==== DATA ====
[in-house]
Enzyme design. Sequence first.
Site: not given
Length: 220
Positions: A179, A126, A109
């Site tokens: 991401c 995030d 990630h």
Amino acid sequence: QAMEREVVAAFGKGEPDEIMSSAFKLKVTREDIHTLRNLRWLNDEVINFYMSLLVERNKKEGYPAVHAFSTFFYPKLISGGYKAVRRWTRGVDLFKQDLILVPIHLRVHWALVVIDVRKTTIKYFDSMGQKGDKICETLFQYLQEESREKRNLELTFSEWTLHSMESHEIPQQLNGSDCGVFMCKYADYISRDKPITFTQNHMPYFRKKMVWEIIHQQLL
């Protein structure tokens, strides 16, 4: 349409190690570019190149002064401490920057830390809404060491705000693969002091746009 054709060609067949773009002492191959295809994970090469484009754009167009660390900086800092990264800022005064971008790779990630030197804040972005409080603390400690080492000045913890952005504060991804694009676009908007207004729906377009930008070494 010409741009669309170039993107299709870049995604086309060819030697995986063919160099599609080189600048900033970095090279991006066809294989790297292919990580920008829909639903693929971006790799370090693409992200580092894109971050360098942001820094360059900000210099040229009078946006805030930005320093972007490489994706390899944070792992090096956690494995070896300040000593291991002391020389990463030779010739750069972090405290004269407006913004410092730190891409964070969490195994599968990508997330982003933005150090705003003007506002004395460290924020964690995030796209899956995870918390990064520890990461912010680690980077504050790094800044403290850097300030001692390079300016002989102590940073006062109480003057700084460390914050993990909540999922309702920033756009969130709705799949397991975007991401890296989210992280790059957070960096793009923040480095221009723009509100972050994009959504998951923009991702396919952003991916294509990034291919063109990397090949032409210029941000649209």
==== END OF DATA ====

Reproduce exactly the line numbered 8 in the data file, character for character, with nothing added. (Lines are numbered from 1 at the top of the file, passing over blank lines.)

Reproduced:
């Protein structure tokens, strides 16, 4: 349409190690570019190149002064401490920057830390809404060491705000693969002091746009 054709060609067949773009002492191959295809994970090469484009754009167009660390900086800092990264800022005064971008790779990630030197804040972005409080603390400690080492000045913890952005504060991804694009676009908007207004729906377009930008070494 010409741009669309170039993107299709870049995604086309060819030697995986063919160099599609080189600048900033970095090279991006066809294989790297292919990580920008829909639903693929971006790799370090693409992200580092894109971050360098942001820094360059900000210099040229009078946006805030930005320093972007490489994706390899944070792992090096956690494995070896300040000593291991002391020389990463030779010739750069972090405290004269407006913004410092730190891409964070969490195994599968990508997330982003933005150090705003003007506002004395460290924020964690995030796209899956995870918390990064520890990461912010680690980077504050790094800044403290850097300030001692390079300016002989102590940073006062109480003057700084460390914050993990909540999922309702920033756009969130709705799949397991975007991401890296989210992280790059957070960096793009923040480095221009723009509100972050994009959504998951923009991702396919952003991916294509990034291919063109990397090949032409210029941000649209």